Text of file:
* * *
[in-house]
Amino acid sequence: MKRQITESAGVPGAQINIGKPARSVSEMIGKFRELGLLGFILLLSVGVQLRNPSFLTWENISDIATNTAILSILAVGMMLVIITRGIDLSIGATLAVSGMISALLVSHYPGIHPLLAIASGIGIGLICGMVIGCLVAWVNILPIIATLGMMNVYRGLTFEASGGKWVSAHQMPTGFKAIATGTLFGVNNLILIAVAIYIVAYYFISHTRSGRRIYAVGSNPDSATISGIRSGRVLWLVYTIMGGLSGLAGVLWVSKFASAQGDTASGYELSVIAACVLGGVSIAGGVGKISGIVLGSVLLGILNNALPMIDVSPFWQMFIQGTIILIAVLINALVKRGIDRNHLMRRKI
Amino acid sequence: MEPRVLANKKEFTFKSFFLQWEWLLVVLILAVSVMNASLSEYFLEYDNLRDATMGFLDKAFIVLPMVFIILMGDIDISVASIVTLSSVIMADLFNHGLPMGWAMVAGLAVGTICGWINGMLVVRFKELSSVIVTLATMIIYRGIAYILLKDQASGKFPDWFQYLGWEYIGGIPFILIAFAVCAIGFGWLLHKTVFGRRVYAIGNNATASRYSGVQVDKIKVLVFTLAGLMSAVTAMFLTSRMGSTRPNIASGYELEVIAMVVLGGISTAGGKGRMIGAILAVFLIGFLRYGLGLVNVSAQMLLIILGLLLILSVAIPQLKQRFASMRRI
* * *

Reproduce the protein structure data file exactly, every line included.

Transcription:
[in-house]
Amino acid sequence: MKRQITESAGVPGAQINIGKPARSVSEMIGKFRELGLLGFILLLSVGVQLRNPSFLTWENISDIATNTAILSILAVGMMLVIITRGIDLSIGATLAVSGMISALLVSHYPGIHPLLAIASGIGIGLICGMVIGCLVAWVNILPIIATLGMMNVYRGLTFEASGGKWVSAHQMPTGFKAIATGTLFGVNNLILIAVAIYIVAYYFISHTRSGRRIYAVGSNPDSATISGIRSGRVLWLVYTIMGGLSGLAGVLWVSKFASAQGDTASGYELSVIAACVLGGVSIAGGVGKISGIVLGSVLLGILNNALPMIDVSPFWQMFIQGTIILIAVLINALVKRGIDRNHLMRRKI
Amino acid sequence: MEPRVLANKKEFTFKSFFLQWEWLLVVLILAVSVMNASLSEYFLEYDNLRDATMGFLDKAFIVLPMVFIILMGDIDISVASIVTLSSVIMADLFNHGLPMGWAMVAGLAVGTICGWINGMLVVRFKELSSVIVTLATMIIYRGIAYILLKDQASGKFPDWFQYLGWEYIGGIPFILIAFAVCAIGFGWLLHKTVFGRRVYAIGNNATASRYSGVQVDKIKVLVFTLAGLMSAVTAMFLTSRMGSTRPNIASGYELEVIAMVVLGGISTAGGKGRMIGAILAVFLIGFLRYGLGLVNVSAQMLLIILGLLLILSVAIPQLKQRFASMRRI